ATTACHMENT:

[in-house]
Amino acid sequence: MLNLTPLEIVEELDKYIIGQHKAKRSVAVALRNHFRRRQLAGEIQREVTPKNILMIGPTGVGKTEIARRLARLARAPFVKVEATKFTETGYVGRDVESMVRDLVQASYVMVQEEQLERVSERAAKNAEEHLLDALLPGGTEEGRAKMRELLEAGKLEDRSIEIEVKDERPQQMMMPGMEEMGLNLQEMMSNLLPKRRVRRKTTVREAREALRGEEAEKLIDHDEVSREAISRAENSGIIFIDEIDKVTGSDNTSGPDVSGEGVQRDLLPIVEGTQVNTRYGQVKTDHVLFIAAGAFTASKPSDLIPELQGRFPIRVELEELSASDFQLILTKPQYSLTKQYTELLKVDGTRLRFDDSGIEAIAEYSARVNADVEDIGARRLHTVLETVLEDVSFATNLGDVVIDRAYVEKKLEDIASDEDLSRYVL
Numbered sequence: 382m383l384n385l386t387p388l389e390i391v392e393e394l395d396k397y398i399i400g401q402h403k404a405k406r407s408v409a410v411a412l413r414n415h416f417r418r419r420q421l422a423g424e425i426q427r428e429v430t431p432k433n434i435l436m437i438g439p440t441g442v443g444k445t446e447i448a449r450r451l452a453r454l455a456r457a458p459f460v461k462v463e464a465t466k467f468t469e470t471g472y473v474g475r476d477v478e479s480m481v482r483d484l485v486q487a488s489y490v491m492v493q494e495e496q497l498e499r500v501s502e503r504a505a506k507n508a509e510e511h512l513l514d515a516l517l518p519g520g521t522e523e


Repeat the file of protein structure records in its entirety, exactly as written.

[in-house]
Amino acid sequence: MLNLTPLEIVEELDKYIIGQHKAKRSVAVALRNHFRRRQLAGEIQREVTPKNILMIGPTGVGKTEIARRLARLARAPFVKVEATKFTETGYVGRDVESMVRDLVQASYVMVQEEQLERVSERAAKNAEEHLLDALLPGGTEEGRAKMRELLEAGKLEDRSIEIEVKDERPQQMMMPGMEEMGLNLQEMMSNLLPKRRVRRKTTVREAREALRGEEAEKLIDHDEVSREAISRAENSGIIFIDEIDKVTGSDNTSGPDVSGEGVQRDLLPIVEGTQVNTRYGQVKTDHVLFIAAGAFTASKPSDLIPELQGRFPIRVELEELSASDFQLILTKPQYSLTKQYTELLKVDGTRLRFDDSGIEAIAEYSARVNADVEDIGARRLHTVLETVLEDVSFATNLGDVVIDRAYVEKKLEDIASDEDLSRYVL
Numbered sequence: 382m383l384n385l386t387p388l389e390i391v392e393e394l395d396k397y398i399i400g401q402h403k404a405k406r407s408v409a410v411a412l413r414n415h416f417r418r419r420q421l422a423g424e425i426q427r428e429v430t431p432k433n434i435l436m437i438g439p440t441g442v443g444k445t446e447i448a449r450r451l452a453r454l455a456r457a458p459f460v461k462v463e464a465t466k467f468t469e470t471g472y473v474g475r476d477v478e479s480m481v482r483d484l485v486q487a488s489y490v491m492v493q494e495e496q497l498e499r500v501s502e503r504a505a506k507n508a509e510e511h512l513l514d515a516l517l518p519g520g521t522e523e